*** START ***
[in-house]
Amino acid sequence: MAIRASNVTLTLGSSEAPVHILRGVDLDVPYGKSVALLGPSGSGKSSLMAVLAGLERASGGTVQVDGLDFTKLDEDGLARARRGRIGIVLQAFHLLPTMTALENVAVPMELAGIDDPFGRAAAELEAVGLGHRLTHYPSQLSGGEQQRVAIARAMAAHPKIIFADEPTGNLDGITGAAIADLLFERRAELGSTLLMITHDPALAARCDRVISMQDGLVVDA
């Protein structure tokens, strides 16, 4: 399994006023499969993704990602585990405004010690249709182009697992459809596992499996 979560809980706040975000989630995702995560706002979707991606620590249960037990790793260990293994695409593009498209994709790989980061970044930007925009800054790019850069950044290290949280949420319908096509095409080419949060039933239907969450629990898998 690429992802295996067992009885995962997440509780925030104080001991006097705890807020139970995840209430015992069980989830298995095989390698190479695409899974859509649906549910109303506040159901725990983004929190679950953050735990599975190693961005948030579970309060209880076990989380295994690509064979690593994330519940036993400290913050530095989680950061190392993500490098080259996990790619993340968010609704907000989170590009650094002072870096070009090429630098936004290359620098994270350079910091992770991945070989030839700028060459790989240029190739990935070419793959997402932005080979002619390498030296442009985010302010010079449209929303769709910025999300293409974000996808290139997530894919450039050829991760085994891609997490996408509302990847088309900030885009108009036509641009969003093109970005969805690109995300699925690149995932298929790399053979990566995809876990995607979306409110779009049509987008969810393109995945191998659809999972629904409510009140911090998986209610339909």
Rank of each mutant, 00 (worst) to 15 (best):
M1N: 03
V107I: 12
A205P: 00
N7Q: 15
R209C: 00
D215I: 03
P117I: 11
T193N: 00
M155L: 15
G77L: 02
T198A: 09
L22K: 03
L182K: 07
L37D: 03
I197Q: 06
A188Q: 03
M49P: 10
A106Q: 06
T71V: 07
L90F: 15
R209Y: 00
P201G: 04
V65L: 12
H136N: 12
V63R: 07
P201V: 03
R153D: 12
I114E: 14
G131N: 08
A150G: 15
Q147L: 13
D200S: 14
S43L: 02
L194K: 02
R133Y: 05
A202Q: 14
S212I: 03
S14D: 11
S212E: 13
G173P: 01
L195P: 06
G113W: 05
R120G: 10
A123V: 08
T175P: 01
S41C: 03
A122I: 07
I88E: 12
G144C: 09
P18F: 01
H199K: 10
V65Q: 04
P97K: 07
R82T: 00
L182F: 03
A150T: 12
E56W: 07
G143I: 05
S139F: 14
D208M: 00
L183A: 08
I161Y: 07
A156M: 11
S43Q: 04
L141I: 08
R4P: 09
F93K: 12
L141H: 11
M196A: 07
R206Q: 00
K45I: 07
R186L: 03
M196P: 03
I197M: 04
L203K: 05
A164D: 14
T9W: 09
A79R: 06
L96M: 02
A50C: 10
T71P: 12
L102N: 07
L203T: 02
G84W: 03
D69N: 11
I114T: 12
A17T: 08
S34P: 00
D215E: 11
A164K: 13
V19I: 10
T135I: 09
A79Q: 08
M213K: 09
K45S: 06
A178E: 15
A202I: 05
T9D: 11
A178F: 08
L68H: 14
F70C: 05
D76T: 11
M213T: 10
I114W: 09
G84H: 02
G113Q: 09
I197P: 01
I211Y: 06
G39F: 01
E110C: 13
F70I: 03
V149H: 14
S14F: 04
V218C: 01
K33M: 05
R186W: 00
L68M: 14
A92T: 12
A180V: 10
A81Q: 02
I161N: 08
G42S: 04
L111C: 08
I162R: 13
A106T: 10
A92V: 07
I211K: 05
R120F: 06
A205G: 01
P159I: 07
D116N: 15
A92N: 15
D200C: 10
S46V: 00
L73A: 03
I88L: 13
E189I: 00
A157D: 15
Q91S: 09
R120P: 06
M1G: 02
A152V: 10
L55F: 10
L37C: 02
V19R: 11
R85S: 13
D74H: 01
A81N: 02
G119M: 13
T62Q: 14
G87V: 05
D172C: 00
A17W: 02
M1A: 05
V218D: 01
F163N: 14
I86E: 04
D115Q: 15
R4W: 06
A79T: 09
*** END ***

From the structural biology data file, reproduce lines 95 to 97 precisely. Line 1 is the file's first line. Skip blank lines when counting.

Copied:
V19I: 10
T135I: 09
A79Q: 08